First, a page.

Q&A: Having Nothing To Hide With Ben Lee + Full Stream Of “Catch My Disease”
By Bailey Pennick on January 30, 2013
“Who wants to watch their lives retold to them on a regular basis?”
It’s hard to say that a phone conversation with Ben Lee is like chatting with a friend of yours, because your friends are never that honest. You can never ask your buds about the pain of seeing an ex-girlfriend or their deepest beliefs about religion, spirituality and family, but with Lee, these are the only topics that he wants to talk about.
The 90’s indie-pop Aussie has had a lot of practice airing these issues thanks to the new film documenting his life over the last decade. Starting out as just a small art-house film by a couple of friends, Amiel Courtin-Wilson’s latest documentary, Ben Lee: Catch My Disease, is an incredibly straightforward and honest portrayal of the pressures of fame on young visionaries and the steadfast relationships they build.
Beginning his career at age 14 in the critically acclaimed punk band Noise Addict, yearning for the acceptance and love as a pop star, and ultimately learning about inner peace and the power of spirituality, the film shows Lee in a very raw, yet endearing form. Catch My Disease “stars” Lee and his group of close personal friends who just happen to be some of today’s most popular people: Jason Schwartzman, Michelle Williams, Zooey Deschanel, Thurston Moore and Mike D, as well as Lee’s ex-girlfriend Clare Danes.
Lee caught up with FILTER to discuss what it was like to have a film made about his life, the reception of his friends and family and to make sure that his twitter handle was mentioned. Don’t worry @benleemusic, we’ve got you covered.
Also be sure to check out a stream of the entire film below courtesy of HULU!
What was your relationship to the film? Was there always a plan to make a documentary about your life, or were you just filming everything?
Amiel and I wanted to collaborate on something. Initially [the film] was going to be a lot more abstract and cinematically we wanted to produce something unconventional at first. And I mean, while this did end up becoming more of a conventional documentary, it’s kind of unique and I’m kind of glad that Amiel didn’t end up making it like a “Behind The Music” kind of thing. It still has its abstract moments I think…I think it’s got a lot of atmosphere to it and it excites me that that stayed intact.
Being in the public eye from so young, was it easy to have him around all the time filming?
Well if you really think about it, he wasn’t around all the time. We filmed across a ten year period, yes, but it would be more like he’d be around for a week and then I wouldn’t see him for 10 months! It was kind of concentrated, but we bonded so much that when we did get back together, we would immediately pick up where we left off.
It was kind of awesome because I’m a person who changes a lot—I think we all change a lot—so whenever we’d get together it was more about catching each other up about what has changed. That kind of became out relationship.
How much give and take was there in the filming process as well as the editing process? Were you very involved/hands on?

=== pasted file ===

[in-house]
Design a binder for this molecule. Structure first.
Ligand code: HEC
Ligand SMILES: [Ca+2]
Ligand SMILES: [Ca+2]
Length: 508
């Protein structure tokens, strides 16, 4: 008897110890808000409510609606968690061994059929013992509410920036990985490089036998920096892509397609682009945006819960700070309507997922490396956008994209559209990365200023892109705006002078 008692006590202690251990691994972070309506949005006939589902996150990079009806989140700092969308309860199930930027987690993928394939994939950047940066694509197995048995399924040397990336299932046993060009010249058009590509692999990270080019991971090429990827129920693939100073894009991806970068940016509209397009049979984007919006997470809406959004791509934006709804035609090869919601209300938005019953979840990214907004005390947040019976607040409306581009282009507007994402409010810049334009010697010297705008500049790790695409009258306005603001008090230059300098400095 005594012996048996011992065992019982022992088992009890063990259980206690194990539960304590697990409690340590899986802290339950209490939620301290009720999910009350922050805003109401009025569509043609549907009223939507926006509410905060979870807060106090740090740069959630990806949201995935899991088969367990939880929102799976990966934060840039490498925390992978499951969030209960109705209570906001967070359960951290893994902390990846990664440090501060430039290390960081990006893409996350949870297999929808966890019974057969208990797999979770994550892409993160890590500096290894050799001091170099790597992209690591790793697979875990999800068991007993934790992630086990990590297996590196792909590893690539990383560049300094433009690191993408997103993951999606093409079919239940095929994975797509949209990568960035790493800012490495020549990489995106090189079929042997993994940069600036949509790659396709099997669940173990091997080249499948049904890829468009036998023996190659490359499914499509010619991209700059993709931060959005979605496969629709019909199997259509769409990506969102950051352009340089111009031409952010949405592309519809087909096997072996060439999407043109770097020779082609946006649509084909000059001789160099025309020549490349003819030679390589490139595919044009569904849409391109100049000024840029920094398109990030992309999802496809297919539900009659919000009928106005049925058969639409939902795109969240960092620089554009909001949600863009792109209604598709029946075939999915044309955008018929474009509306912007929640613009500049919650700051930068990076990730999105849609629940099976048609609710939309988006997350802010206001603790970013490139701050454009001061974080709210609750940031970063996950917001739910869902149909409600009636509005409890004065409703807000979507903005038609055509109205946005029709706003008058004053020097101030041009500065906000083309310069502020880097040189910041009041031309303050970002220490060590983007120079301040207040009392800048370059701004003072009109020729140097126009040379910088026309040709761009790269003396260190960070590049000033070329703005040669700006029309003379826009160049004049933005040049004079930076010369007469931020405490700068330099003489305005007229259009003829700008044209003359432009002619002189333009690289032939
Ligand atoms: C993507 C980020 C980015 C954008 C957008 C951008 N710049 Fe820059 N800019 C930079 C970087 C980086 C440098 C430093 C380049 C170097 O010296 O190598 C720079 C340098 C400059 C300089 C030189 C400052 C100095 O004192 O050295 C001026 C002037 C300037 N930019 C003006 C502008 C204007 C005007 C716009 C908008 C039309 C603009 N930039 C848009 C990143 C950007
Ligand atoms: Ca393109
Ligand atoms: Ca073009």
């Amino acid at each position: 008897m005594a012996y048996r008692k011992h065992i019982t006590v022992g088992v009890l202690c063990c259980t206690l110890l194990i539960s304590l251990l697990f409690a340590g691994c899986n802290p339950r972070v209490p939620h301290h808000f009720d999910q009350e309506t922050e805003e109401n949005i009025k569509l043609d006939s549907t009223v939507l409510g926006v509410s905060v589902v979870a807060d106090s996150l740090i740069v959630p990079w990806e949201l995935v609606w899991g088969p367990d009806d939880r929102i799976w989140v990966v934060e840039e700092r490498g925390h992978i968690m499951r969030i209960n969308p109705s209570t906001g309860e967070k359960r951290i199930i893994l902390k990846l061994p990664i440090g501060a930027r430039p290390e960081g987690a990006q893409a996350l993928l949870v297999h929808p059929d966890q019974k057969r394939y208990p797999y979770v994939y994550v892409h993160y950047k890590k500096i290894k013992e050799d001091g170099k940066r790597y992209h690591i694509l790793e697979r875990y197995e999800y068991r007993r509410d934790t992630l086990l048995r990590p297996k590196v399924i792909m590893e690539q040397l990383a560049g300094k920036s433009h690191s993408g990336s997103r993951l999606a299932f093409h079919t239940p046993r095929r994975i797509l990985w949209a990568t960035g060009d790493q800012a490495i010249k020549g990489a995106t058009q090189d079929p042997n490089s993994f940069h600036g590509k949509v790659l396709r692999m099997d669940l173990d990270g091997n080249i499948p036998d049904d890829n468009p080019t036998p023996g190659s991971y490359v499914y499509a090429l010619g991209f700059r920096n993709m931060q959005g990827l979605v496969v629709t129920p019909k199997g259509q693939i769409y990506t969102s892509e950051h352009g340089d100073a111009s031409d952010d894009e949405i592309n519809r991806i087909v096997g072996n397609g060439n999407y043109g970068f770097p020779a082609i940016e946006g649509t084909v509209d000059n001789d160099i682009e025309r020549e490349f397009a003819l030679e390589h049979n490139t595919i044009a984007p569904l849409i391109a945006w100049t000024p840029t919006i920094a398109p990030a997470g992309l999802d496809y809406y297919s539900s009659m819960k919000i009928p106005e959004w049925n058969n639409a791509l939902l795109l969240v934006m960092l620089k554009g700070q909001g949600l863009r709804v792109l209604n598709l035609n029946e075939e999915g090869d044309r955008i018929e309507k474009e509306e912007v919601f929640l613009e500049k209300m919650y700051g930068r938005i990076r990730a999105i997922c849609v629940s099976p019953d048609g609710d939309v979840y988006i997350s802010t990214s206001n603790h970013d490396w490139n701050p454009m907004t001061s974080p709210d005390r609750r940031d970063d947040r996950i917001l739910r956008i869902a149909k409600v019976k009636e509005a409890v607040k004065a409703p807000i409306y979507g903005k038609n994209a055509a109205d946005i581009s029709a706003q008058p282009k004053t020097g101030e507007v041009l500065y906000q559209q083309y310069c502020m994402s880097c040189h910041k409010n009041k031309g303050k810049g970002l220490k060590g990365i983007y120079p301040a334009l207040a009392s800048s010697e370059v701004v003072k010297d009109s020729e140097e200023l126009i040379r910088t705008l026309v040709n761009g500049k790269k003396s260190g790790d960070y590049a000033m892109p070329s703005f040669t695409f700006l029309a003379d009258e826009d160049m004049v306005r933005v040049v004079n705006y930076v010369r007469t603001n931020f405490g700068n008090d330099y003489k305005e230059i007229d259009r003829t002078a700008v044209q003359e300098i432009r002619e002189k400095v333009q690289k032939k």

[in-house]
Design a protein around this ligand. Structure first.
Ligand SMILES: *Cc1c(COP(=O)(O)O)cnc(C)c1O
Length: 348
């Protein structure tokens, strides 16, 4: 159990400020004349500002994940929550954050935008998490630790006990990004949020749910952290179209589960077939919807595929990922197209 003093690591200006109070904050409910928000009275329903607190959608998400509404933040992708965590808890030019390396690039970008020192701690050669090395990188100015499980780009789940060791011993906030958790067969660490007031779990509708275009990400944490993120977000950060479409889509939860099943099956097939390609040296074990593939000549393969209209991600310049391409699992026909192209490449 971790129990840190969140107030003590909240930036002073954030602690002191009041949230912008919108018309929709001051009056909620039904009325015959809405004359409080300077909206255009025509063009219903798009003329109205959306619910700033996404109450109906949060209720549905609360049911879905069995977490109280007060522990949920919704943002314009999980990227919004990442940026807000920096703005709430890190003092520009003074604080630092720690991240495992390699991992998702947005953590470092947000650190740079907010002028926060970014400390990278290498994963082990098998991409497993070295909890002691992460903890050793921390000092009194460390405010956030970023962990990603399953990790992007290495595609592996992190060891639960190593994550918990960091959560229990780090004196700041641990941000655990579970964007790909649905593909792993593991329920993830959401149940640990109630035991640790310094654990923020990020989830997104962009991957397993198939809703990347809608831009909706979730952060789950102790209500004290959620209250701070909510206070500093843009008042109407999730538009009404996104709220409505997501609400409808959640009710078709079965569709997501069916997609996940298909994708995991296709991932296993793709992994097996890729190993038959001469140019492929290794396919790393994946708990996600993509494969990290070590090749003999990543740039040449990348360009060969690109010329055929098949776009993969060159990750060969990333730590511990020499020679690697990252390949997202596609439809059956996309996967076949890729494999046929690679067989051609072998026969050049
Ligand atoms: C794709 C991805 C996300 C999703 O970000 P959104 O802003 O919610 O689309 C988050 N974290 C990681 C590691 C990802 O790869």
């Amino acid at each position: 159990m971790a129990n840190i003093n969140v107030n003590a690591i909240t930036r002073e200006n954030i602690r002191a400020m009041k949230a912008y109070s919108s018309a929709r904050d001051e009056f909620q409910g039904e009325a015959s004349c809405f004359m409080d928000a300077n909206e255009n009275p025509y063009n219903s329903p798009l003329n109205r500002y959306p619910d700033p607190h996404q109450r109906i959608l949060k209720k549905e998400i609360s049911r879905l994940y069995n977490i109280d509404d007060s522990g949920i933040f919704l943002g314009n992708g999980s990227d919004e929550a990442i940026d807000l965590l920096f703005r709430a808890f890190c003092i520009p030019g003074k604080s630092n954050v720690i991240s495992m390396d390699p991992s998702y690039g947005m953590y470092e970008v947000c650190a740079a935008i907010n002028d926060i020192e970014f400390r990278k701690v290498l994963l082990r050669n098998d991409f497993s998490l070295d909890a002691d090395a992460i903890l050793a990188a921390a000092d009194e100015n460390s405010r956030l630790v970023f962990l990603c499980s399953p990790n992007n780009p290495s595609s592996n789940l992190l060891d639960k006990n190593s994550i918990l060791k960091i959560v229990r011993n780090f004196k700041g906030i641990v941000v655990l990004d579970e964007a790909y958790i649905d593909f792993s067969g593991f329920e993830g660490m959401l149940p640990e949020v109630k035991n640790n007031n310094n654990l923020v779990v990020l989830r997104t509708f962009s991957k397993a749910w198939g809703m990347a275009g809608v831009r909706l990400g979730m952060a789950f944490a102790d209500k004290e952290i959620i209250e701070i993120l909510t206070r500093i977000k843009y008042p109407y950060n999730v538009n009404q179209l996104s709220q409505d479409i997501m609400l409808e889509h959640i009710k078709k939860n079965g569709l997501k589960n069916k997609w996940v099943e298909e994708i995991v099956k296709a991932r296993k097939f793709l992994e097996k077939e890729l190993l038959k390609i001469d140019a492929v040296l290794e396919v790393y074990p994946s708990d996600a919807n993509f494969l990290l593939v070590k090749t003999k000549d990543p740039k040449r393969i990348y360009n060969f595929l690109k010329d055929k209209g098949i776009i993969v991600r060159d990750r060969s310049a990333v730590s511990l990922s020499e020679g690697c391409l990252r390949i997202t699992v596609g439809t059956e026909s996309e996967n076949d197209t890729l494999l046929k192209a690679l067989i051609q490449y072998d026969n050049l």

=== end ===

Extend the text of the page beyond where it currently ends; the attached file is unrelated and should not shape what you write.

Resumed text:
We kind of did a little contract: I had the right to pull thing that I didn’t want in there, but I think there only ended up being four little shots that I pulled out. But he wasn’t out to make a scandalous film or anything.
The things I pulled were just things that I thought could be taken out of context—mostly with regards to spirituality. I think that’s a provocative subject for a lot of people and while this film deals with it head on, you still have to approach it very carefully. I can’t even remember those moments specifically, but I do remember being a little bit protective. Otherwise, I really did want him to make an interesting film.
Throughout the film you seem to be incredibly open about your past, your present, your music, your art, your spirituality and just about everything else! Is this something that you have been learning and practicing or has this always been your way?
Since I have become way less concerned about becoming a pop star, the stakes have become…well very low. Like it doesn’t make sense to have me pretending that I am something that I’m not. It’s different for someone like Beyonce who has to keep up a certain image so that her market value stays very high, but for me, it’s not worth the energy to pretend.
I don’t know if that answers the question, but I guess there is just nothing that I find that I need to protect.
Do you think that since your music and personality have been changing, that your audience has been changing as well?
Yeah, I think you see this a lot with solo artists because they aren’t as brand-able. Like, you might wear a Rolling Stones t-shirt, but you wouldn’t really wear a Bob Dylan t-shirt. It just isn’t as cool. Solo artists just aren’t really as marketable, they are just people. Our art is changing with us. And that’s what you see with my fans.
Like I have some fans whose lives have seemingly paralleled my own and we’ve grown together. I’ve definitely had fans who have been listening to my music for 20 years, but on the other hand I have fans that have either gotten off, or gotten on the train at different points and only resonate with a portion of the work and that is always a little bit—I don’t quite get it. I don’t quite get any of it, but I just have to keep moving forward.
I guess the people that want to listen at that point are the right people. F